The relevance of vocational education has increased in the rapidly growing Indian economy, especially in light of the government’s thrust towards universalisation of secondary education, skills development and social justice through inclusive education and training. Through the National Vocational Education Qualifications Framework (NVEQF) the government is looking to formally integrate vocational education with its current conventional secondary and post-secondary educational streams, to provide an opportunity and incentive to students to explore a universe of opportunity.

RPL has the potential to be a powerful tool in the development of India and in the implementation of the Reconstruction and Development Programme. It can empower individuals, provide a skill focus for employers, and assist in economic and social development. In terms of the current political, economic and social context in the country, RPL is seen to have the capacity to contribute to redress equity by opening up more ways for people to attain qualified status. It could:

  • enable more people to reach higher levels of qualification and expertise by beginning with an acknowledgement of existing skills and knowledge
  • contribute to enhancing international economic competitiveness by building on often invisible and unacknowledged workforce skills
  • offer the first step in attaining the goal of developing a multi-skilled and flexible workforce by acting as an auditing tool to quantify existing competence.

Education and training should be available to all, and the process of lifelong learning should be encouraged. People should be continually involved in acquiring new skills and should also gain rewards for existing skills, experience and learning previously unrecognized. RPL in India can thus be seen as a mechanism to accelerate the redress of past unfair discrimination in education, training and employment opportunities.


Prior learning assessment and recognition can take various forms and outcomes can be used for a large number of purposes relevant to the goals of individuals, labour market partners and society at large. Institutions and employers can make better use of their resources by not making people learn and do what they already know and can do. It will also enable millions to gain livelihoods and take our country ahead in its path towards inclusive and sustained growth.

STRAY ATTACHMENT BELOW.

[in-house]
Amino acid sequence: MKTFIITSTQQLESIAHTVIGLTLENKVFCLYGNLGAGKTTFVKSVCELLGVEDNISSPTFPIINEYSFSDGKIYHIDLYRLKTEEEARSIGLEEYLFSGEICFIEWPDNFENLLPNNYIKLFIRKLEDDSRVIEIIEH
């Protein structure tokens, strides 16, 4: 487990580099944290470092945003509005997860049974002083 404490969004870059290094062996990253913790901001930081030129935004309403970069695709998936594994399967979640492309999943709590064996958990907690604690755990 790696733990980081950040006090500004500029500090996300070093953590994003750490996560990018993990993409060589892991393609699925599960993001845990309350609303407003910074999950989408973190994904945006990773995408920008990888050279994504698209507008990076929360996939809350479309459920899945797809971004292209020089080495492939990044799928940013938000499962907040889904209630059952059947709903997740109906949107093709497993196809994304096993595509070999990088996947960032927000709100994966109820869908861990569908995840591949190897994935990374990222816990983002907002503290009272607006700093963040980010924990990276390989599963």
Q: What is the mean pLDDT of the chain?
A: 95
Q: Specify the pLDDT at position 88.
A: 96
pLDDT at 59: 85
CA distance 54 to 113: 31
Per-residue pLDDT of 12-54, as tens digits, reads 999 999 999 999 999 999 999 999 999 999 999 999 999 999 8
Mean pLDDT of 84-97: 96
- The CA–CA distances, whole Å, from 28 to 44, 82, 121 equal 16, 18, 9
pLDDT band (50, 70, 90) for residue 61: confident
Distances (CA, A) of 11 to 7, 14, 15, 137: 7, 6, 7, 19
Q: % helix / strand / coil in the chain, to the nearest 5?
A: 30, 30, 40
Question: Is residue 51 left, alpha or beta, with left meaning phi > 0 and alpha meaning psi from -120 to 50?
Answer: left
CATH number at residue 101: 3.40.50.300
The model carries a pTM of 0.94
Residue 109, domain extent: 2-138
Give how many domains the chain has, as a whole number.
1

From an organizational perspective, RPL provides a solid base for long-term human resource development and improvements in morale, quality service, and variability. For individual employers RPL could directly address the lack of self-confidence so acute due to recent economic and employment treads in India.

From a skills development perspective, a credible ‘prior skills recognition programme’ that helps measure the knowledge and skill levels of the workforce could play a pivotal role in addressing the skill gaps of the Indian workforce.

Skills recognition and certification initiatives in the informal economy through Recognition of Prior Learning (RPL) processes will provide an important pathway for the 90 per cent of Indians who work in the so-called unorganized sector (NCEUS Report, 2009). However, the process of skills recognition in the informal economy will need to be accompanied by provision of an RPL infrastructure, which is affordable, reliable and efficient. There will be challenges in identifying where skills exist, documenting those skills, communicating with the potential candidates, as well as administering the process. Methods for this should be established, such as portfolio review, written/oral exams, and demonstrations. A relatively open examination system relating to a national qualifications framework and the relevant standards should be created for more transparency, so that it benefits those people who have acquired their knowledge and skills outside the education system. Guidance and information campaigns will be needed for the learner to be guided through the process (Singh, 2011).


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Mamta Srivastava is a senior faculty member at the National Institute of Open schooling India. E-mail:

S. S. Jena is Former Chairman, National Institute of Open Schooling, and, currently, Regional Director at Indira Gandhi National Open University, India. E-mail: